American Troops Posed With Taliban Corpses
The consequences of ten years of war?
The L.A. Times is out today with another story about questionable behavior by American troops in Afghanistan that’s likely to further inflame tensions between the U.S. and the Afghan population:
The paratroopers had their assignment: Check out reports that Afghan police had recovered the mangled remains of an insurgent suicide bomber. Try to get iris scans and fingerprints for identification.
The 82nd Airborne Division soldiers arrived at the police station in Afghanistan’s Zabol province in February 2010. They inspected the body parts. Then the mission turned macabre: The paratroopers posed for photos next to Afghan police, grinning while some held — and others squatted beside — the corpse’s severed legs.
A few months later, the same platoon was dispatched to investigate the remains of three insurgents who Afghan police said had accidentally blown themselves up. After obtaining a few fingerprints, they posed next to the remains, again grinning and mugging for photograph
Two soldiers posed holding a dead man’s hand with the middle finger raised. A soldier leaned over the bearded corpse while clutching the man’s hand. Someone placed an unofficial platoon patch reading “Zombie Hunter” next to other remains and took a picture.
The Army launched a criminal investigation after the Los Angeles Times showed officials copies of the photos, which recently were given to the paper by a soldier from the division.
“It is a violation of Army standards to pose with corpses for photographs outside of officially sanctioned purposes,” said George Wright, an Army spokesman. “Such actions fall short of what we expect of our uniformed service members in deployed areas.”
Wright said that after the investigation, the Army would “take appropriate action” against those involved. Most of the soldiers in the photos have been identified, said Lt. Col. Margaret Kageleiry, an Army spokeswoman.
The photos have emerged at a particularly sensitive moment for U.S.-Afghan relations. In January, a video appeared on the Internet showing four U.S. Marines urinating on Afghan corpses. In February, the inadvertent burning of copies of the Koran at a U.S. base triggered riots that left 30 dead and led to the deaths of six Americans. In March, a U.S. Army sergeant went on a nighttime shooting rampage in two Afghan villages, killing 17.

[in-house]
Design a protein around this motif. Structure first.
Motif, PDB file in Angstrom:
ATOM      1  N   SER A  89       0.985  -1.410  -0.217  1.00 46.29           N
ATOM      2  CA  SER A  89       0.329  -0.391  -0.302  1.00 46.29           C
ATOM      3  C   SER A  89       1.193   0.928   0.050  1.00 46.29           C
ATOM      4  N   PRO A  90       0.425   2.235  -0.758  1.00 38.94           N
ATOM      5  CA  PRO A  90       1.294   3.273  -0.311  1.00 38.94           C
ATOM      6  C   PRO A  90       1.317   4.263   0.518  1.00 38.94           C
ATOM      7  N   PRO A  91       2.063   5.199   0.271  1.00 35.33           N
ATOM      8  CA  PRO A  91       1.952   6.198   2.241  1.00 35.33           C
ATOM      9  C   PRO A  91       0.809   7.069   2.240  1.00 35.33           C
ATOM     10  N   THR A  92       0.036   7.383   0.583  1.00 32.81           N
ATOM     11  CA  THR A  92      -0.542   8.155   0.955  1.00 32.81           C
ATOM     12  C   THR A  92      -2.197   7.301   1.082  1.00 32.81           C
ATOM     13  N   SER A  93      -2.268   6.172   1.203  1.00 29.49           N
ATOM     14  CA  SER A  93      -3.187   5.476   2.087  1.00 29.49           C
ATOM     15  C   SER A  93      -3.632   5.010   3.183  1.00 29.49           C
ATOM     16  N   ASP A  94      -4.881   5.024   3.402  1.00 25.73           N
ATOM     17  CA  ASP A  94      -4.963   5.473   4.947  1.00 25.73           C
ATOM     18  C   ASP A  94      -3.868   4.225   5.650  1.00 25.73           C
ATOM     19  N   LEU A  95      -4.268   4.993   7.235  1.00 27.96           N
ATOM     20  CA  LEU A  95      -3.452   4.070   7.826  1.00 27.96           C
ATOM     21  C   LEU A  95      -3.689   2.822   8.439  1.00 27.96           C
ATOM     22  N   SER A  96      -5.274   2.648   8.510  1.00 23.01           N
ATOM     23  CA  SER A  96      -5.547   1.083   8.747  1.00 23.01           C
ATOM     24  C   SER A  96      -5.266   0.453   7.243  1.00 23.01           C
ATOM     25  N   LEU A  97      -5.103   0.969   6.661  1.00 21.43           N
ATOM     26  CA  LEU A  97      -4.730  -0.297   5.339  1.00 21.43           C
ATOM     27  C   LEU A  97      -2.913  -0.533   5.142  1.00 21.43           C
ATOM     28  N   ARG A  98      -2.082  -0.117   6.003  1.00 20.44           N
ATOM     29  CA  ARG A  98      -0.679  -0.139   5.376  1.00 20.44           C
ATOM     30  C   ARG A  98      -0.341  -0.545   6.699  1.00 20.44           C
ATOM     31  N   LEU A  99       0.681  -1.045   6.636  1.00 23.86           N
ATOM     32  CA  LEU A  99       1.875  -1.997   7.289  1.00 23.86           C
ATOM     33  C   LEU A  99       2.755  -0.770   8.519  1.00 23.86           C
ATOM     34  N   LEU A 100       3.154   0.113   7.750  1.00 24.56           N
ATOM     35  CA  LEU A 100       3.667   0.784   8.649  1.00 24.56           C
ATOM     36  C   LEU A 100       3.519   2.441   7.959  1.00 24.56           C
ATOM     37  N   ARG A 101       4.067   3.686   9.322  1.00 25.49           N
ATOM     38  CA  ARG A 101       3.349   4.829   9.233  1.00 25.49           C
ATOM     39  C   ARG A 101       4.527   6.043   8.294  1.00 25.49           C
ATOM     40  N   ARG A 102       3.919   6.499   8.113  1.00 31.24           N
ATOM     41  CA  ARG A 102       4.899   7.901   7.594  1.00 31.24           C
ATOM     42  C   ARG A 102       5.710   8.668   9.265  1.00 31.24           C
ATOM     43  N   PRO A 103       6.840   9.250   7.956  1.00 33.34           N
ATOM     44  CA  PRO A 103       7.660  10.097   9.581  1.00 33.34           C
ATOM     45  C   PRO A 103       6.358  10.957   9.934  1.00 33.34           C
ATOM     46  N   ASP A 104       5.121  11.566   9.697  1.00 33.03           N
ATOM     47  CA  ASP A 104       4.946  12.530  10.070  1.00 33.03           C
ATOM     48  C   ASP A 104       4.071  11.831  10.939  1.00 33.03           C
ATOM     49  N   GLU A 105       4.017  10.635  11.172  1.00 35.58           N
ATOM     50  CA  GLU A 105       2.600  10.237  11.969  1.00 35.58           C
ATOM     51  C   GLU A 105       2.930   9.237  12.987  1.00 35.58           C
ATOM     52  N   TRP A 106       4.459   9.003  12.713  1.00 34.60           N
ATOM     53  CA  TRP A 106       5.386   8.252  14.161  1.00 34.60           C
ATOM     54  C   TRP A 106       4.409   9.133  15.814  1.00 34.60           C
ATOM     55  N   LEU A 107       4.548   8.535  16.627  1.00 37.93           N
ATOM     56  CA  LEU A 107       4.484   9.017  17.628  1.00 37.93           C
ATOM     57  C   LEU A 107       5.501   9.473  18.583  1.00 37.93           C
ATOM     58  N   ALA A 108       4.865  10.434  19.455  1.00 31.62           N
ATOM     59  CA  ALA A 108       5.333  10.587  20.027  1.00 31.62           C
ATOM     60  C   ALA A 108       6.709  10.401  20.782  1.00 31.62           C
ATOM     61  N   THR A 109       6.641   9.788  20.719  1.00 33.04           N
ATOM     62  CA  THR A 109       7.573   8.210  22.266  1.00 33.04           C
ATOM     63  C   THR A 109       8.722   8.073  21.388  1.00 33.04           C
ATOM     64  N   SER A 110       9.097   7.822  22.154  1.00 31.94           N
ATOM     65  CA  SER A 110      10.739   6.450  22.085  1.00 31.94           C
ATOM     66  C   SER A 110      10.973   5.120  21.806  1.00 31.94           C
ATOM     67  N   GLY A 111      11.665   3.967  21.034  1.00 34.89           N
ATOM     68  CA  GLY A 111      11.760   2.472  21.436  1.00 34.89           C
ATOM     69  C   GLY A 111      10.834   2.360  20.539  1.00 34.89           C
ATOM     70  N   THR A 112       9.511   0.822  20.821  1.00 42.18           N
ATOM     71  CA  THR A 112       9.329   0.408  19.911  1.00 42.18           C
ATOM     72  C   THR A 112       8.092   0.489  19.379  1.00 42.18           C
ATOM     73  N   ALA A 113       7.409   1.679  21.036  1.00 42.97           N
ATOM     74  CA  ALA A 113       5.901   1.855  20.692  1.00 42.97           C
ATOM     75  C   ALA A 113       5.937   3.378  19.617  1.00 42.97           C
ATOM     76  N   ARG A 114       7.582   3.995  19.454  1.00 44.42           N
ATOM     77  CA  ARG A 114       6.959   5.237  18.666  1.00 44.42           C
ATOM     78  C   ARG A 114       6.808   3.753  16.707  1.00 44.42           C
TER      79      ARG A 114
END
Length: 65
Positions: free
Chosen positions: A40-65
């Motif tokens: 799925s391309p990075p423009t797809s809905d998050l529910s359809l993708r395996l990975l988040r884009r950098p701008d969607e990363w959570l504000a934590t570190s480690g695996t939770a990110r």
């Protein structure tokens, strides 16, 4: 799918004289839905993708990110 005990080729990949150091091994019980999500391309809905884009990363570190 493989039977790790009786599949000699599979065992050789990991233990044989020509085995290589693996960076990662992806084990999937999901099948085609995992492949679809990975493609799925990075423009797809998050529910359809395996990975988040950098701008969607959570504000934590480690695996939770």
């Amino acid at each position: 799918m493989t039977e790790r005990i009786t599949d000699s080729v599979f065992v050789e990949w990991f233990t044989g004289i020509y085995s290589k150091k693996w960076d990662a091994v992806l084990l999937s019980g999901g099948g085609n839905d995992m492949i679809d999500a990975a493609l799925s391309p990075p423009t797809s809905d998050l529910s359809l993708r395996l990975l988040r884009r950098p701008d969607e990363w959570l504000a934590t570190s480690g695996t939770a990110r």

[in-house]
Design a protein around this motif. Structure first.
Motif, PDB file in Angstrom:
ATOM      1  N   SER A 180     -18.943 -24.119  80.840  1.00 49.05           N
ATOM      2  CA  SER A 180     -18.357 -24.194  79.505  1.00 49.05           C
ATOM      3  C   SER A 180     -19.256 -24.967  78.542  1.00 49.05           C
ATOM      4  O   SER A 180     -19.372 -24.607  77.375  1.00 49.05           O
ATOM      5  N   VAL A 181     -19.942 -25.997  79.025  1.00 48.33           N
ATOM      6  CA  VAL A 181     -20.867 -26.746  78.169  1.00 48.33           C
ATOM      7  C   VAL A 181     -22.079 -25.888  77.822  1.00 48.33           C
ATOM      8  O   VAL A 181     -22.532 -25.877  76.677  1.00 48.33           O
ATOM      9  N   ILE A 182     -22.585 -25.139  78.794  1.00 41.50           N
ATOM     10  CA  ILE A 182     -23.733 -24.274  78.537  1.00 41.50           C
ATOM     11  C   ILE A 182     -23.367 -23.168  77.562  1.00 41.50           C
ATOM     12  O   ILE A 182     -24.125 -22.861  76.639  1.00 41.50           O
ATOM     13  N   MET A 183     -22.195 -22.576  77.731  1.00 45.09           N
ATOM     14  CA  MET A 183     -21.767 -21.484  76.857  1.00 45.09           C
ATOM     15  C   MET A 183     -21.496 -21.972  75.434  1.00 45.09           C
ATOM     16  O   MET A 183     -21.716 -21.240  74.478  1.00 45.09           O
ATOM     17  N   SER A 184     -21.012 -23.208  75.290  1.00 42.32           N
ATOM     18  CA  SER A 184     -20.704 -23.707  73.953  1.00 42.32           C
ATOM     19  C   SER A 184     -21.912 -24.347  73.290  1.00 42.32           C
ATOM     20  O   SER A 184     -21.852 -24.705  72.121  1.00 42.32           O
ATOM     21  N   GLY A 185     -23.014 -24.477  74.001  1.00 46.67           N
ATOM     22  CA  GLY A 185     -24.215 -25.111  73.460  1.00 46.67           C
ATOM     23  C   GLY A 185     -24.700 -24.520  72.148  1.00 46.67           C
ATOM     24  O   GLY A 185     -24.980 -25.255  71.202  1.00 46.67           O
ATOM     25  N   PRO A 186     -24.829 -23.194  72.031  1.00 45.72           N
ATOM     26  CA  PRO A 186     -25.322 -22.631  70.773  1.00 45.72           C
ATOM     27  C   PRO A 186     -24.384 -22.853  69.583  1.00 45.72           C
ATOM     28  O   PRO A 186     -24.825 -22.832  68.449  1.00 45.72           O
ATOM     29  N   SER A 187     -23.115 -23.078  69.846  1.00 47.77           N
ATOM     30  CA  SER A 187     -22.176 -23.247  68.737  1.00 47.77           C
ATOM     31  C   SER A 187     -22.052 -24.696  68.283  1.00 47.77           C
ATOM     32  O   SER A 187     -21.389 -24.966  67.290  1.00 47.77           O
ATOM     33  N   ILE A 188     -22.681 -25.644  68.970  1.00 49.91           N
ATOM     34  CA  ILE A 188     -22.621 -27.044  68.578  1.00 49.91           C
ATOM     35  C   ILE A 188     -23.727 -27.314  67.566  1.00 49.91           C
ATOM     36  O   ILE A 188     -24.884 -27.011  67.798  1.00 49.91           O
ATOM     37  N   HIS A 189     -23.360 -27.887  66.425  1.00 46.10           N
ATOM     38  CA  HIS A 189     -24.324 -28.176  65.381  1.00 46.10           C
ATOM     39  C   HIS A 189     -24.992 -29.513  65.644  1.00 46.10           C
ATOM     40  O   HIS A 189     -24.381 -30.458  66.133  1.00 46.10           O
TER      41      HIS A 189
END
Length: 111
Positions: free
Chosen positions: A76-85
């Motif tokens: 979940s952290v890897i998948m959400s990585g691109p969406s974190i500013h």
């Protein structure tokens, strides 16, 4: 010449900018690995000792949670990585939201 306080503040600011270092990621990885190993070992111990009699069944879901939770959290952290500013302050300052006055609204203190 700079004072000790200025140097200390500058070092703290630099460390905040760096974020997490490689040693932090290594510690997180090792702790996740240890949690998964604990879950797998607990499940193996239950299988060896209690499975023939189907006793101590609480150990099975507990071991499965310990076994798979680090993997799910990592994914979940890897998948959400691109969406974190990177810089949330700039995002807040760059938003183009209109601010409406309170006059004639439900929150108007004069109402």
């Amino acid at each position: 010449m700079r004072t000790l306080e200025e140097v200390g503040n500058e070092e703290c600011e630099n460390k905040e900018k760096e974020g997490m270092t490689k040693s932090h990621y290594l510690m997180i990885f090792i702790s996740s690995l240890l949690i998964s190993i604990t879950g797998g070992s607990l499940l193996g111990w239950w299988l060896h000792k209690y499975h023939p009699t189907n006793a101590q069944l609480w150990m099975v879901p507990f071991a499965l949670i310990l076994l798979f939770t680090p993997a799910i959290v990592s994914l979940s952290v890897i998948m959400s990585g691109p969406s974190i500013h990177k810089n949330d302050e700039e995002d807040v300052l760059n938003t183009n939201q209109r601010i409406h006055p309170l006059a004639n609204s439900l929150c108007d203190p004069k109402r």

We’ve seen incidents like this before, of course, and it is at least a good thing that once they’ve been brought to light the military has been fairly aggressive about prosecuting the offenders. At the same time, one has to wonder why it took some two years, and a solider willing to leak the photographs, for this to come to light. The crime is bad enough, obviously, but as we learned from Abu Gharib, the cover-up of activities that demean the statute of the military and endanger American troops is certainly not a good thing. So, in addition to identifying who was involved in these macabre photographs, it would be fairly interesting to find out who may have known about the photographs and chosen to hide them rather than bringing the offenders to justice.
The other question, of course, is what impact this will have in Afghanistan itself. We’ve already seen the nation erupt into riots this year over the burning of Korans by American troops, so it wouldn’t be to far out of line to expect something to happen in retaliation for this action. At the same time, though, it’s worth noting that we didn’t really see any major retaliation for the massacre that took place last month, something that nearly everyone seemed to be expecting at the time. In any case, though, this episode, finally revealed after two years , does show us one thing. A decade at war has led to a disturbing ethos in some parts of the military, one that some in the upper echelons seemed to, if not endorse at least agree to keep quiet about. With Iraq over and Afghanistan winding down, I certainly hope that someone in Washington is thinking about what role this new wartime military will play in peacetime.